“Unconscious Levels of Funny” Judd Apatow on ‘Sicker In The Head’ & Beyond


“Unconscious Levels of Funny” Judd Apatow on ‘Sicker In The Head’ & Beyond: This entry is part 2 of 2 in the series Judd Apatow.

The 2022 book Sicker In The Head includes conversations with Cameron Crowe, David Letterman, John Mulaney, Kevin Hart, Margaret Cho, Whoopi Goldberg, and Will Ferrell, among others. By simply asking “how are you doing?” during the pandemic, Apatow felt he could grow as a creative and a person based on many of the responses from the interviews.

One particularly unique interview is between Apatow and Crowe, where both had unique upbringings around the icons they most admired. Apatow interviewed comedians for the school newspaper (stories which became the book Sick in the Head) and Crowe interviewed bands for Rolling Stone (stories which became the movie Almost Famous).

For these types of interviews, he reads a handful of Q&As or listens to podcasts to prepare. He felt a deep connection with David Letterman, who revealed he appeared to be having fun but was actually a ball of nerves. Apatow often feels the same way on set.

“When I was in film school, they were always talking about structure. I didn’t want to have any rules. I hated that they were trying to box me in. I even took a class with Syd Field where he basically read his book to us, but then I started writing spec scripts and I realized they were all correct,” he joked. “

Syd Field told him, “I know you don’t think you’re going to do this structure, but whatever you’re doing, you have to have this structure. The inciting event. The conclusion. I still use all of that today. I use the Syd Field paradigm.”

Audience Validation

Similar to stand-up, Apatow said you do feel the validation when an audience watches your movie, in terms of using the three-act structure or Chris Vogler’s examination of The Hero’s Journey. “It’s one of the best books you can buy on storytelling,” he said of Vogler’s book.

Based on Apatow’s response, he writes his own version of the story first, then re-examines The Writer’s Journey to see “which story” he’s doing or to help with missing plot points. “Even with weird things like You Don’t Mess with the Zohan, it is ironically a reluctant hero’s journey.”

Using these methods helps Apatow take risks in his career. “I think they’re all risks because in comedy, they’re all risks. You just never know if it’s going to work. Like, would someone watch a movie about a 40-Year-Old Virgin? Is that the worst idea you’ve ever heard in your life?” he joked. “Steve [Carell] and I said, well, let’s make it totally credible. He’s a normal sweet guy and [sex] just got past him.”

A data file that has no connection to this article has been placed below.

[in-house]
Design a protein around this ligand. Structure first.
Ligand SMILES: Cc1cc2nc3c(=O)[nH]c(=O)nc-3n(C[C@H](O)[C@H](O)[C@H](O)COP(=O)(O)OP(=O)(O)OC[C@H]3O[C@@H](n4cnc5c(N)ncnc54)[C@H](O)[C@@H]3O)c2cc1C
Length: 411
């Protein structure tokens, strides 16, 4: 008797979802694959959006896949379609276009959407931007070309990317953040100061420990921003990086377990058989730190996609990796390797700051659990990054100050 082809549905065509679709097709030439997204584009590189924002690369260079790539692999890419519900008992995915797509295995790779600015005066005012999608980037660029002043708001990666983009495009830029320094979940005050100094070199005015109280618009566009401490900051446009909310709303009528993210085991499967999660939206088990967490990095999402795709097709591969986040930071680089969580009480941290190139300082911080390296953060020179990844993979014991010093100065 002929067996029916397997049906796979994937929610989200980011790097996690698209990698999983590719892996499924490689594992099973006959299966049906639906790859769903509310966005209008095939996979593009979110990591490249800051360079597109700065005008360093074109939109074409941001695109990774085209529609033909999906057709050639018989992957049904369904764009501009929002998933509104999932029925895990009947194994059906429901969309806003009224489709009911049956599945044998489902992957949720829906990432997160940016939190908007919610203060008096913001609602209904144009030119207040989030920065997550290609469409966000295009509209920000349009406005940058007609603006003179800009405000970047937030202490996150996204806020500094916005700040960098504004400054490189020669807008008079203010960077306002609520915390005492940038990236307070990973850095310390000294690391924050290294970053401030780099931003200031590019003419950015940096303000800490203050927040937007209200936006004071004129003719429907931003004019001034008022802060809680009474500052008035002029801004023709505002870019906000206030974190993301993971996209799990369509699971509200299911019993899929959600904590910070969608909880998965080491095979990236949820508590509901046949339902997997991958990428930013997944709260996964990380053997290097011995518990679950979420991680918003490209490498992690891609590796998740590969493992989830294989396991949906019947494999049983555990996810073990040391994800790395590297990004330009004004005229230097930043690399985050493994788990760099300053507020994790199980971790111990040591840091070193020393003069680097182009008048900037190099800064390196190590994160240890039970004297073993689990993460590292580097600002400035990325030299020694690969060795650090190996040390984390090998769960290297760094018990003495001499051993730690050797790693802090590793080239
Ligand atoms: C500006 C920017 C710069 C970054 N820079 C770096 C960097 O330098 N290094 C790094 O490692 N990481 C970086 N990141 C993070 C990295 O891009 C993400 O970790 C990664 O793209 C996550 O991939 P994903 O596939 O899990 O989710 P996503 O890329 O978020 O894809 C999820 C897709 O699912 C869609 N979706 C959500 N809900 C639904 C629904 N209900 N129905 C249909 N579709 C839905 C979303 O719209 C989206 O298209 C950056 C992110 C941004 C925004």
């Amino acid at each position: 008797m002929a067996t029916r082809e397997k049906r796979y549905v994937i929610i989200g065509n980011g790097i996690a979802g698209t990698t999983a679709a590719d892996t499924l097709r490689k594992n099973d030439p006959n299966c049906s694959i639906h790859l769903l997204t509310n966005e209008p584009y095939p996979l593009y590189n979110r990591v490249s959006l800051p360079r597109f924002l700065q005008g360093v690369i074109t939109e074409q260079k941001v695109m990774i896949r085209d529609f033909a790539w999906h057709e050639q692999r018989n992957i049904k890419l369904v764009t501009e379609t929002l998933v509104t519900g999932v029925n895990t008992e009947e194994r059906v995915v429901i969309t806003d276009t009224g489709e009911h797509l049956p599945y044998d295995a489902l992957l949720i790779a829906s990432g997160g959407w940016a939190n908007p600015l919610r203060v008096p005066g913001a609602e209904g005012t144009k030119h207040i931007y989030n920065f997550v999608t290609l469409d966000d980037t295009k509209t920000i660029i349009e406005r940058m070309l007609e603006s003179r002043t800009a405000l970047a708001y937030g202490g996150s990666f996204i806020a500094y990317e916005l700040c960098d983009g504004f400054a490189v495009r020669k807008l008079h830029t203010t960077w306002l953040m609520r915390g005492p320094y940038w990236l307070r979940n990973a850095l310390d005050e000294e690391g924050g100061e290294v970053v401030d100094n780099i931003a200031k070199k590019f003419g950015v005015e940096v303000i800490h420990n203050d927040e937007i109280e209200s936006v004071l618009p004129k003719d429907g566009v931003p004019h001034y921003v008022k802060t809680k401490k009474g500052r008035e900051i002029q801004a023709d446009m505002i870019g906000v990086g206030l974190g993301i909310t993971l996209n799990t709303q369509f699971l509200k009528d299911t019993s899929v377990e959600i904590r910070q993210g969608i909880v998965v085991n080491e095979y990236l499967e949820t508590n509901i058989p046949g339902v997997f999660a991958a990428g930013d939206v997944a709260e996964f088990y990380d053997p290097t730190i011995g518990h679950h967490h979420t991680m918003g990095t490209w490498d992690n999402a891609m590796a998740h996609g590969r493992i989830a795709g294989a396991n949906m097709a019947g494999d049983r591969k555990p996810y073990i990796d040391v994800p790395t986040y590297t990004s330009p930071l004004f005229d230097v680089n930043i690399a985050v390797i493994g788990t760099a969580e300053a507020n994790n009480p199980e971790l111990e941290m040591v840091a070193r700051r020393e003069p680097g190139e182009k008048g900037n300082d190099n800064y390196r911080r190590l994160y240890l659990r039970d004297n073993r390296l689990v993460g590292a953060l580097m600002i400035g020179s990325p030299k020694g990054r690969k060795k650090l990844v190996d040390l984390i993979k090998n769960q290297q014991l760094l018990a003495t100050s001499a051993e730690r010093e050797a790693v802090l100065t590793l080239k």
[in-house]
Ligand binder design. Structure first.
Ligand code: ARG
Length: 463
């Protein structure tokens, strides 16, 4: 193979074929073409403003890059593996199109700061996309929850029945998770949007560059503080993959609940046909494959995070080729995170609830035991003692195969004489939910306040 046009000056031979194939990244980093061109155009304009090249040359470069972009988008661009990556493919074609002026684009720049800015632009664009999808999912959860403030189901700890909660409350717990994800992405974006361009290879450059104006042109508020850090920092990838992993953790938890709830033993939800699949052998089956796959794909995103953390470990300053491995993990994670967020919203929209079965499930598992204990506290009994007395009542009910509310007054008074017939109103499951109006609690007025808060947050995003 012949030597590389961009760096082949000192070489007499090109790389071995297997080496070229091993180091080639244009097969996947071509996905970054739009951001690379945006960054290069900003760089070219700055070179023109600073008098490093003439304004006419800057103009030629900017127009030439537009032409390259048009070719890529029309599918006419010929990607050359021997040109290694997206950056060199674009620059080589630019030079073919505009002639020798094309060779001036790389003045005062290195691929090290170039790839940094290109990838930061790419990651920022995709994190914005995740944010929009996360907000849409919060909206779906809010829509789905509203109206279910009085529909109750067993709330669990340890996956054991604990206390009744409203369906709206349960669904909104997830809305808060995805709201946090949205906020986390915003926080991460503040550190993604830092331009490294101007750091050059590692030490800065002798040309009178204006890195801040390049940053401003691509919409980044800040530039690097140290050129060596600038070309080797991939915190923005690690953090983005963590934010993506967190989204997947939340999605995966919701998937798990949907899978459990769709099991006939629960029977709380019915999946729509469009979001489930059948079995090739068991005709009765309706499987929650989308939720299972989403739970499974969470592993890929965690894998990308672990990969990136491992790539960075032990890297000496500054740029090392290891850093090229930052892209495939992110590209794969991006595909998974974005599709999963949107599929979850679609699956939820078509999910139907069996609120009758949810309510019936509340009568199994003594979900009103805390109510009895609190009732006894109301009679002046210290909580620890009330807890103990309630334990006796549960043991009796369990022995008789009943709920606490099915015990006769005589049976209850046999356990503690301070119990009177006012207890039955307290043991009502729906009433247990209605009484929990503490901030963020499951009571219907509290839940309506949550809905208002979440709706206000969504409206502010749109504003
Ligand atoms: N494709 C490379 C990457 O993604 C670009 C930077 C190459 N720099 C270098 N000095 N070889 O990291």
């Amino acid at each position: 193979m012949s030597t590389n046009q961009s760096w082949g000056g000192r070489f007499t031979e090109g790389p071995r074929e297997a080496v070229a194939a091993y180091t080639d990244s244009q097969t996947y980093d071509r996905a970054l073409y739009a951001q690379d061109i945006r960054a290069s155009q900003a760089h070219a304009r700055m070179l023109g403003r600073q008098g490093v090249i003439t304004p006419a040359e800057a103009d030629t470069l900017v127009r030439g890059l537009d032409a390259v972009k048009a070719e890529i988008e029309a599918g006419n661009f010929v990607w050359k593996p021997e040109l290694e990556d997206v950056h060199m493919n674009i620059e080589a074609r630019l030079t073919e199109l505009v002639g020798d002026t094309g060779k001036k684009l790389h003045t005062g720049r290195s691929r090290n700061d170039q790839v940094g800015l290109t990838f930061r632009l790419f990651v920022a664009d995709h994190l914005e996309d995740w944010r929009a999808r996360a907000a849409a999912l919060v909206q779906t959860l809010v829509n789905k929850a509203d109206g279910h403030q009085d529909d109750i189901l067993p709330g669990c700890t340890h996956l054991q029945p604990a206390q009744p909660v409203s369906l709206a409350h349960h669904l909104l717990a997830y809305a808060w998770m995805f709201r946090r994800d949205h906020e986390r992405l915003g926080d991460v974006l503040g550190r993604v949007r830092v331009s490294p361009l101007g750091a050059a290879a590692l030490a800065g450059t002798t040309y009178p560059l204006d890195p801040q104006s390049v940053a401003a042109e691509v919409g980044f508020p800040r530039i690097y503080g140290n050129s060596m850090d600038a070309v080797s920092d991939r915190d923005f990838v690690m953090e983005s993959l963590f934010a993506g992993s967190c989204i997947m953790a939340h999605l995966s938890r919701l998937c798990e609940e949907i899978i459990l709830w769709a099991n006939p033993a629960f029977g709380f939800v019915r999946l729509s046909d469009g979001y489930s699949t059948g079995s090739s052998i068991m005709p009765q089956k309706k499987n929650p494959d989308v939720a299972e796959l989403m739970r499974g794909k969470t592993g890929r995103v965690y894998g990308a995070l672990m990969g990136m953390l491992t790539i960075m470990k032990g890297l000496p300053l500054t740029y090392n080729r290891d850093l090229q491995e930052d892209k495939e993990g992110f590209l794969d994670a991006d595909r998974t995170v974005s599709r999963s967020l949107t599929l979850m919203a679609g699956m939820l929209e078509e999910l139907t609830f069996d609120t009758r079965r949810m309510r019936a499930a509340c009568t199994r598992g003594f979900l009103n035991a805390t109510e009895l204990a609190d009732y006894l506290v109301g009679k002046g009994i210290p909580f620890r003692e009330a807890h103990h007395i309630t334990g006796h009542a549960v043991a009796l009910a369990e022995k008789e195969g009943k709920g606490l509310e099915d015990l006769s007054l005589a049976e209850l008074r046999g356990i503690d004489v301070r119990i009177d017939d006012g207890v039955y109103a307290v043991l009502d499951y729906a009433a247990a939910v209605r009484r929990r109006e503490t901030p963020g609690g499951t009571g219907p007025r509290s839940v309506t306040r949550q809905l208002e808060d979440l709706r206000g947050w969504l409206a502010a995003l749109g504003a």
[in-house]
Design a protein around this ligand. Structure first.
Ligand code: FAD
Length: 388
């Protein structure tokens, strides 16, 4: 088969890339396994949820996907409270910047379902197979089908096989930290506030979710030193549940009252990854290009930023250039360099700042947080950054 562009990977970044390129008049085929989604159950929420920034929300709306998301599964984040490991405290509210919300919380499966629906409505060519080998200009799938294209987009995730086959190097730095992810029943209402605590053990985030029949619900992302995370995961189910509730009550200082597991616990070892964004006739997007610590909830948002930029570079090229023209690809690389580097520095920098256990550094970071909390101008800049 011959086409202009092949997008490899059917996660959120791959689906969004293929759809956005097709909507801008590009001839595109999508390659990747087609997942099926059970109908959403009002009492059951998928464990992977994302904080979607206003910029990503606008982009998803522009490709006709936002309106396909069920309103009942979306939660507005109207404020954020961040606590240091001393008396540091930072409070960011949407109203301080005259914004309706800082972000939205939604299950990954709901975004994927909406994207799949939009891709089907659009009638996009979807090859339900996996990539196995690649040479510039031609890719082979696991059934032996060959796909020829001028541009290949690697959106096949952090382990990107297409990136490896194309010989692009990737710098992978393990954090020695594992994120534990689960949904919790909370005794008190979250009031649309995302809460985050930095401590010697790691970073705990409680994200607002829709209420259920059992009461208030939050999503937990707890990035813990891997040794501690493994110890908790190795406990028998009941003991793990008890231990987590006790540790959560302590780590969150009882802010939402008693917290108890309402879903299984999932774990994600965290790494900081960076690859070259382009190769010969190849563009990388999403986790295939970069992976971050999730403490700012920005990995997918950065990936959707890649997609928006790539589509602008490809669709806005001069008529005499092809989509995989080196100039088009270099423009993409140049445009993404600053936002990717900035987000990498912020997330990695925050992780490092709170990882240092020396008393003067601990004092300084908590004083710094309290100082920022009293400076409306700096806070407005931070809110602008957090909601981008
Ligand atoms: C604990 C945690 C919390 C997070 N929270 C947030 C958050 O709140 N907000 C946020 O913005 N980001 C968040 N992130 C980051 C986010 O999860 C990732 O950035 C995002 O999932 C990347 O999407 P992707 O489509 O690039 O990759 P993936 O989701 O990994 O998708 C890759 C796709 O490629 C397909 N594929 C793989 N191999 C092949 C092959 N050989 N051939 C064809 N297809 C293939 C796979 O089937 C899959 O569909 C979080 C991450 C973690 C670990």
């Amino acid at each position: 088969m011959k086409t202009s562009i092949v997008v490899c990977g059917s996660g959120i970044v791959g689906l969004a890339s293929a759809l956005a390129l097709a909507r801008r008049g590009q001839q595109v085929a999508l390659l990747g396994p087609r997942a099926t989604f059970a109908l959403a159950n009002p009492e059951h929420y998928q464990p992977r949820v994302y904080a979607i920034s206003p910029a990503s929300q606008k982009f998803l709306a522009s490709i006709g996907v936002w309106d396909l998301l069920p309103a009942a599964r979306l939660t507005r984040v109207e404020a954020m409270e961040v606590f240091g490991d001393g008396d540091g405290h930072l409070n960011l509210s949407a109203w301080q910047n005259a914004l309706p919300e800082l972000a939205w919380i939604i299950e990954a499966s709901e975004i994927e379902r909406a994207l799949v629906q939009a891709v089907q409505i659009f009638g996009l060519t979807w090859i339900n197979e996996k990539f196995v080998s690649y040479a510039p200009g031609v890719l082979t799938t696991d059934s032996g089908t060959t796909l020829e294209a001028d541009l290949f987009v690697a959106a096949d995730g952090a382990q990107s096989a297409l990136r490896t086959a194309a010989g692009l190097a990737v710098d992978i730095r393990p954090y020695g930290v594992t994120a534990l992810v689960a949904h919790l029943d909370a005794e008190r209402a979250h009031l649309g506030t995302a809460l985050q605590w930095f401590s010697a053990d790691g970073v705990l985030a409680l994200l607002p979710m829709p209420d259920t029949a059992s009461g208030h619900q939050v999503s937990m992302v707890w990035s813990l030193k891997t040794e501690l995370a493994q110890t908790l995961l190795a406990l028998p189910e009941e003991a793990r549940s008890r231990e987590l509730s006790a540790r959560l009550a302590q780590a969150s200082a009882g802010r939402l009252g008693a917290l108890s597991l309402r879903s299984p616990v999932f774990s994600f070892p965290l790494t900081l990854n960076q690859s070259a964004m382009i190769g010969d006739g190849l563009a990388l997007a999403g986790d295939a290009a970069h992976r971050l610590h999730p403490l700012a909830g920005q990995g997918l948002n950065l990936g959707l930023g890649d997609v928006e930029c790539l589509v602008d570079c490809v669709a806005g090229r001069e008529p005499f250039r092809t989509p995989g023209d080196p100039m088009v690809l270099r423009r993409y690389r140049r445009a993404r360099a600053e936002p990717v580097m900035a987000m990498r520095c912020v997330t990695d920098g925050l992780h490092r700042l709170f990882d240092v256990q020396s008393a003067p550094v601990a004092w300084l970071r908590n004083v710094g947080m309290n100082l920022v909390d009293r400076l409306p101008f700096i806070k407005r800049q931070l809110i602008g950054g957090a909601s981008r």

He continued, “Maybe it’s about relationships. He has to figure out how to have a relationship and that’s way more complicated than just sex. All of his friends are trying to have sex, but he finds love,” he said, adding that Garry Shandling helped with the overall theme.

Then, there are shifts within films in terms of risk. The King of Staten Island was meant to be more grounded where The Bubble was meant to be like a Mel Brooks-like satire about the pandemic. “Can you be funny about it? Can you talk about isolation and the weird feelings we have when we’re forced to be in isolation?”

In terms of advice for screenwriters, Apatow said “you can usually tell when someone has a voice.” He continued, “If someone is writing with some specificity and you feel the soul of someone in the writing, it’s clear when someone is generic and when someone is coming across to you.”

“I remember, a long time ago, some producer said you can open up to any page and tell if it’s worth reading and if that person knows what they’re doing. It sounds horrible, but it’s kinda true. I just always tell people to write about something you really care about. You can tell when people are writing to make money, but writing is always better when you’re offering something and giving yourself. You have to go all the way.” This interview has been condensed.